What he learned may have helped save lives in the U.S.
Do you remember what you knew about COVID-19 in January of 2020? Probably not much.
The same was true for H. Clifford Lane (M.D. 1976, Residency 1979), who works at the National Institutes of Health (NIH) as deputy director for clinical research and special projects at the National Institute of Allergies and Infectious Diseases. He had seen news articles and research papers about this disease in China that looked like a new kind of pneumonia.
But he first began to suspect this was a bigger deal when he saw a TV news story about new hospitals being built in Wuhan. Hospitals that were going to have a huge number of beds.
In February 2020, he became one of two U.S. representatives to visit China at the behest of the World Health Organization (WHO). He was on his way to Japan when he got the invitation from WHO. Lane called his boss, Anthony Fauci, M.D., who told Lane he ought to accept. Along with the delegates drawn from eight countries, it would be Lane's job to figure out what was going on and what the rest of the world could do to mitigate impending disaster.
Lane spent 24 hours in Japan prepping for his trip to China. Although there were relatively few COVID-19 cases in Japan at the time, Lane had more trouble acquiring masks and hand sanitizer than he did getting a visa. As for the sanitizer, the familiar alcohol-based stuff was totally unavailable, and all he could find was "basically bleach." Masks were even more difficult to obtain. He ended up being the only person on his flight to Beijing without one.
When he arrived, Beijing looked deserted. His flight was the only one arriving at the airport, and the streets of the city were eerily empty.
Lane spent his time in China visiting hospitals, markets, community centers, clinics, and other places in different cities. "I think what stuck with me the most was seeing how incredibly organized, orchestrated, and single-messaged the entire population was. They were at war with COVID-19," he says. Lane acknowledged the Chinese government's control over the message, but he believes the information he got was accurate. "You visit hospitals, you can tell how many beds are full. There are things you can't hide."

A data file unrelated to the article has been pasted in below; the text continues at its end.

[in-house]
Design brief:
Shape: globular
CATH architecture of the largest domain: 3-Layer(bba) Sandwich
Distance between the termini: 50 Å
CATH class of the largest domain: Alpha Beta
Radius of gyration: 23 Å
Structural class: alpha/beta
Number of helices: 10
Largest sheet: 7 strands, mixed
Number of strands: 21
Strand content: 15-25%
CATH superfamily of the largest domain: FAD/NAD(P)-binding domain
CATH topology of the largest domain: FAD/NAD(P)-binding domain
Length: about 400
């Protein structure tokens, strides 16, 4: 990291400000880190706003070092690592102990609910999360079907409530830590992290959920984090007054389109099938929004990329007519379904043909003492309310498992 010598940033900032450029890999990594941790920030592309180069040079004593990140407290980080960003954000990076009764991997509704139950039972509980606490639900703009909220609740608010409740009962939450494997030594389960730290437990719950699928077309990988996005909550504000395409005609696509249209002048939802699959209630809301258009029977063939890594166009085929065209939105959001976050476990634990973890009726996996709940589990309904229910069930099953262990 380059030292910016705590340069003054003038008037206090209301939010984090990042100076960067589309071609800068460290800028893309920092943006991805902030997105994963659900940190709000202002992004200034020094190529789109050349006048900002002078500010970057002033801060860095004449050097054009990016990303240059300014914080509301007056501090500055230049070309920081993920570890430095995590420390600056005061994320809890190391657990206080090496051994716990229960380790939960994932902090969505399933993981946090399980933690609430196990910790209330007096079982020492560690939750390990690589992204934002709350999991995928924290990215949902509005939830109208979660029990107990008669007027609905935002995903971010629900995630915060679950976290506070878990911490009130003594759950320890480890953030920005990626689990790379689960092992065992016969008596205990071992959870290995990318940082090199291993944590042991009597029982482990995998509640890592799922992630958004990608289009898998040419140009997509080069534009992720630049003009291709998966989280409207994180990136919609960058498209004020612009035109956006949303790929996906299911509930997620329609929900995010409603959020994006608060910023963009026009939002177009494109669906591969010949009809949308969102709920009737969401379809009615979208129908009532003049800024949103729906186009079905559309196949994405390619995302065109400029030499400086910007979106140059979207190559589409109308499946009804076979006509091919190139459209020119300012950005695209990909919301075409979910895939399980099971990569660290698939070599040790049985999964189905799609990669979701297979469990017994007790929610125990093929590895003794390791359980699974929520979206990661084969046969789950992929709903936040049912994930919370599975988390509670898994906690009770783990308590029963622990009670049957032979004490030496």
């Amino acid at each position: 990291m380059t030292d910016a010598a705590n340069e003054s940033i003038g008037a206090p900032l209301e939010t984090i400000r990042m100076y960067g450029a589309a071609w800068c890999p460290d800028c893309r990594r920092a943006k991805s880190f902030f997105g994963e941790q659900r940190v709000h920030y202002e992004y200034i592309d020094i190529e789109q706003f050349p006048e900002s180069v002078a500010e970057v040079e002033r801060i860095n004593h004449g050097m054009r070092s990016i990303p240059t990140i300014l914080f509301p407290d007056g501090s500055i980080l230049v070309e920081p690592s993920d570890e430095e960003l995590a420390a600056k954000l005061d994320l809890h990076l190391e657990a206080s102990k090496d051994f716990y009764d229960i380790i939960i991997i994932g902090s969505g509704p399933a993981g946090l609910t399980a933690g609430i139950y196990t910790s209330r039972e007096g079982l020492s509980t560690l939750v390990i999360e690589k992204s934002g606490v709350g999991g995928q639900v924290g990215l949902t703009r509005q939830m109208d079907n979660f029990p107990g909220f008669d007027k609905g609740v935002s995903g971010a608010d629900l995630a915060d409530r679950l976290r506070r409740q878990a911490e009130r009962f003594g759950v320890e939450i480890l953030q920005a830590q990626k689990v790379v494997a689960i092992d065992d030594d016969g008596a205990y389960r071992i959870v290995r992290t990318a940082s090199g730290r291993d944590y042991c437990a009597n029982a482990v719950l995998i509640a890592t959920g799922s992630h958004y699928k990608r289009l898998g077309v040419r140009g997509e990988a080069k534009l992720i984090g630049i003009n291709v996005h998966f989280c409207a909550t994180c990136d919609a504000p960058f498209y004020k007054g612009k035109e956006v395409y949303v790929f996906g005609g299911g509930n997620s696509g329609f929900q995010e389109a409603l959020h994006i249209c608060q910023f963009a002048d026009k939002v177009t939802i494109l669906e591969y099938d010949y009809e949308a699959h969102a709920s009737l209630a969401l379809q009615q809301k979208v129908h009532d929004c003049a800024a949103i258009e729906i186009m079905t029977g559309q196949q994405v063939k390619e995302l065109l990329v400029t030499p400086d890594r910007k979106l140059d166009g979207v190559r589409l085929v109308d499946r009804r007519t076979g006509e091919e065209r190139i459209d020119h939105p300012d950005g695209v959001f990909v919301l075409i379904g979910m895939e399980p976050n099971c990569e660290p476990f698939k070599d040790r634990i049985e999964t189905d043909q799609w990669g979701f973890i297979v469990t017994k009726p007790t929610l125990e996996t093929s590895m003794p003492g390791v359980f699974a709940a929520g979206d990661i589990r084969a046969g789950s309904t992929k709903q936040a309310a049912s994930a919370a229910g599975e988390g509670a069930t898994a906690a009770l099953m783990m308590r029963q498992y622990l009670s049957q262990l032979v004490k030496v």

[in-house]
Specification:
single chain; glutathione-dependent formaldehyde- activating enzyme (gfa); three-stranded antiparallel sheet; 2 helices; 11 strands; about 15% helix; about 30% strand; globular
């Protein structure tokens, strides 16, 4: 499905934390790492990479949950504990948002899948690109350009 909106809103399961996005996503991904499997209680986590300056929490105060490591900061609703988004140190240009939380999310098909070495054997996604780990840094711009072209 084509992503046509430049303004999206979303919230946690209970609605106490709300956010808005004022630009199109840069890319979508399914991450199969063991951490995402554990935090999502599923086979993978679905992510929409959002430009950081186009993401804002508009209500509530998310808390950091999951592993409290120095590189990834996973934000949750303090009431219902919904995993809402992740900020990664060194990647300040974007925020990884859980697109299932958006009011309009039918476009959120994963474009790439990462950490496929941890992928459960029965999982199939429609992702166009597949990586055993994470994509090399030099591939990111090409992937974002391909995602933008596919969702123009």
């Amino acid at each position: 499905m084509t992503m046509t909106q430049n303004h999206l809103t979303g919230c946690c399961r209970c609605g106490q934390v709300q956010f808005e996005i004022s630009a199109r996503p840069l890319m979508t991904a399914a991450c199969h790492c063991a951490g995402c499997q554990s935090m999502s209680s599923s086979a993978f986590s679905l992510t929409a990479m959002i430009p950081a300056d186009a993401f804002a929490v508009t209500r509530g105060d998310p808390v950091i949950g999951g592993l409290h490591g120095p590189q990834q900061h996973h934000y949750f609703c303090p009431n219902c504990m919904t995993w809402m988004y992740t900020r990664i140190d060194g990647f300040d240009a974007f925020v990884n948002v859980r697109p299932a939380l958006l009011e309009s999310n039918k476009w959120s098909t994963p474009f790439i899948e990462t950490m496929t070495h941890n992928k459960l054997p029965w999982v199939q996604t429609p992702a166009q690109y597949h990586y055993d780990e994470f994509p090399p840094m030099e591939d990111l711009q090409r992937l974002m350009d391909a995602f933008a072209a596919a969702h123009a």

Lane also noticed that the government frequently put out treatment guidelines as they learned more about the disease. He says the initial mortality rate in Wuhan was 7-10%, but it came down very quickly, thanks to the quick communication of up-to-date therapeutic strategies with clinicians. Lane brought that idea back to the U.S. and put together a panel of experts to create NIH treatment guidelines, which have since been updated dozens of times as new information became available.
Lane says the COVID-19 vaccines give him hope. "Many people would say they are an unprecedented success in terms of speed, efficacy, and safety. This is really quite remarkable," he says. "There is a way out."
But he worries about the lack of vaccination on a global scale. "As long as there is a substantial population susceptible to this virus, the virus is going to continue to change in a way that makes it, for lack of a better word, stronger. It's not done by the virus having a will. It's just done by the principles of biology and evolution."
Lane, who also received his undergraduate degree from U-M, is currently working on research around treatment options — specifically monoclonal antibodies and immunoglobulin. He says both are promising.
As for Fauci, Lane has worked for 42 years with the physician who has become a household name. "Dr. Fauci is the same now as he was when I first met him — dedicated, hardworking … keeping his eye on the goal, not easily distracted," says Lane. "Now more than ever, it's been important for him and those around him to maintain that focus."